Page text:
As Jesus prepared to depart from this world, he left his disciples with the command to love one another. They were to love one another as Jesus had loved them, which was marked by humility and sacrifice. Through this display of love, the world would know that the disciples belonged to Jesus.

Those who belong to Jesus are called to be like him. Others should not only hear us say that we are Christians, but they should be able to observe our actions and know that we are different than the world. Jesus is no longer on earth, but his followers are many and serve as his representatives. We do this by proclaiming his word and by living as he lived. We are to love others just as he has loved us.

**If you enjoy reading Shaped by the Word, please consider sharing this post on social media. Doing so helps us reach a larger audience. Thanks for reading!

Follow Shaped by the Word on WordPress or Facebook.

Counting the Cost

white and black desk calculator on white graphing paper

Photo by Pixabay on Pexels.com

 

Reading the Word

Luke 14:25–33 (ESV)

25 Now great crowds accompanied him, and he turned and said to them, 26 “If anyone comes to me and does not hate his own father and mother and wife and children and brothers and sisters, yes, and even his own life, he cannot be my disciple. 27 Whoever does not bear his own cross and come after me cannot be my disciple. 28 For which of you, desiring to build a tower, does not first sit down and count the cost, whether he has enough to complete it? 29 Otherwise, when he has laid a foundation and is not able to finish, all who see it begin to mock him, 30 saying, ‘This man began to build and was not able to finish.’ 31 Or what king, going out to encounter another king in war, will not sit down first and deliberate whether he is able with ten thousand to meet him who comes against him with twenty thousand? 32 And if not, while the other is yet a great way off, he sends a delegation and asks for terms of peace. 33 So therefore, any one of you who does not renounce all that he has cannot be my disciple.

Understanding and Applying the Word

Jesus addressed proper priorities in the passages we have been reading the past few days. In today’s reading, he does so again with words that may seem a bit harsh. As Jesus spoke to the crowds that were following him, he said that if anyone came to him and did not hate his closest family members, he could not be a disciple. Wow! Why would Jesus say such a thing? Dis Jesus really teach that we should hate our parents, siblings, spouses, and even ourselves?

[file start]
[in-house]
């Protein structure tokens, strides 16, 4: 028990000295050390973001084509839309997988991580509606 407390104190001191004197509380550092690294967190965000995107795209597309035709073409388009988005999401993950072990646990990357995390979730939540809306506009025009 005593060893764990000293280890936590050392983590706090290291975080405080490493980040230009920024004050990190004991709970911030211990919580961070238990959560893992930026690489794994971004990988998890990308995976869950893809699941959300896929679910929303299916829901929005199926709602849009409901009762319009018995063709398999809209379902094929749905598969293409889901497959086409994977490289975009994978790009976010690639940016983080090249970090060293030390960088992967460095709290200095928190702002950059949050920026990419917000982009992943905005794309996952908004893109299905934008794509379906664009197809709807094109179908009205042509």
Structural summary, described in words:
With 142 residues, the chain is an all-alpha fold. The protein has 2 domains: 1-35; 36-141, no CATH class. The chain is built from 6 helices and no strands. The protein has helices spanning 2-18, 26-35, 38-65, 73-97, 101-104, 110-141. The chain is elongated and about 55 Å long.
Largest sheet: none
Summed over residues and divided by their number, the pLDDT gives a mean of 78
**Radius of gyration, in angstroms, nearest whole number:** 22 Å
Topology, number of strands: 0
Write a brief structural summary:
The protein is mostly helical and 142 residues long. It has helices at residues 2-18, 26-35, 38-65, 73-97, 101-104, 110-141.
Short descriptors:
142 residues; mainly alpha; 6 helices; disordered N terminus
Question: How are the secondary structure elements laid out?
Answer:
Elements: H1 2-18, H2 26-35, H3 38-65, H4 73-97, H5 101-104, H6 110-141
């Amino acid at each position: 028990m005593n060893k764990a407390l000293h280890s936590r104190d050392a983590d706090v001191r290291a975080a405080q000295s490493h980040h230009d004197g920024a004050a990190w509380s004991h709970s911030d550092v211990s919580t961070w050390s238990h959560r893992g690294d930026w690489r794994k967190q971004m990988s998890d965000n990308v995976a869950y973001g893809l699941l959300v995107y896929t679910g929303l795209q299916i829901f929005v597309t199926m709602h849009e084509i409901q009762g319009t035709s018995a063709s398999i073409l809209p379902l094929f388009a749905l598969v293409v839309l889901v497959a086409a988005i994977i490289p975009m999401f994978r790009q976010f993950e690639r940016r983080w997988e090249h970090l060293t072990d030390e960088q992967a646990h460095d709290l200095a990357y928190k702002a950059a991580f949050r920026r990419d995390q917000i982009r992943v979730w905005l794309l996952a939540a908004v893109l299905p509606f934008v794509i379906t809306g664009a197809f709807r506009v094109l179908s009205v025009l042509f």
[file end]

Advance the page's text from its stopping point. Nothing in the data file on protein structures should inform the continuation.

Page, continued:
Jesus, as he often did, was using hyperbole in his teaching. His words were extreme to set up a strong contrast to the opposing action. Here, he pointed out that if there is anything we love more than him, our priorities are out of line. Jesus, our Lord and Savior, deserves our highest affection and the center of our world. Anything less would be idolatry.

To love Jesus with such a love will cost us something. It may cost us a great deal. Jesus told the crowds if they were to follow him they should count the cost and be prepared for the sacrifice it will require. Following Jesus may cost a disciple family, friends, social status, and financially. Some followers may even lose their lives. However, when Jesus is our first love, all sacrifice is worth it. Are you prepared to take up your cross daily and follow Jesus?

**If you enjoy reading Shaped by the Word, please consider sharing this post on social media. Doing so helps us reach a larger audience. Thanks for reading!

Living Without Fear

full frame shot of text on wood

Photo by Pixabay on Pexels.com

 

Reading the Word

Luke 12:4–7 (ESV)

4 “I tell you, my friends, do not fear those who kill the body, and after that have nothing more that they can do. 5 But I will warn you whom to fear: fear him who, after he has killed, has authority to cast into hell. Yes, I tell you, fear him! 6 Are not five sparrows sold for two pennies? And not one of them is forgotten before God. 7 Why, even the hairs of your head are all numbered. Fear not; you are of more value than many sparrows.

Understanding and Applying the Word

Fear can be paralyzing. I have experienced it myself. When I was young and had the chance to ride a roller coaster for the first time it took me several times waiting in line and backing out before I finally was able to work up the courage. Thankfully, my older sister was patient enough to keep going through the line with me each time. I have also seen it in my children in different circumstances. When they are afraid, it is almost impossible to get them to continue the task at hand.

Jesus knew that fear would be a factor in his disciples’ lives. They would be afraid because of the external pressures and consequences of living for him in a world hostile to Jesus. Aware of this, Jesus tells his disciples that the only proper fear is fear of the Lord. God is the final judge and will decide the eternal fate of every person. The world may pressure, persecute, and even kill us, but that is all it can do. Only God has the authority over eternity. And as we live our lives in fear of the Lord, we need not fear the future. God cares for the sparrows and we are of much more value than the sparrows.

What is keeping you from living all out for the Lord? What keeps you from sharing the gospel with others? Is it fear? We only need to fear the Lord and live in obedience to him. When we do that, there is nothing to be afraid of.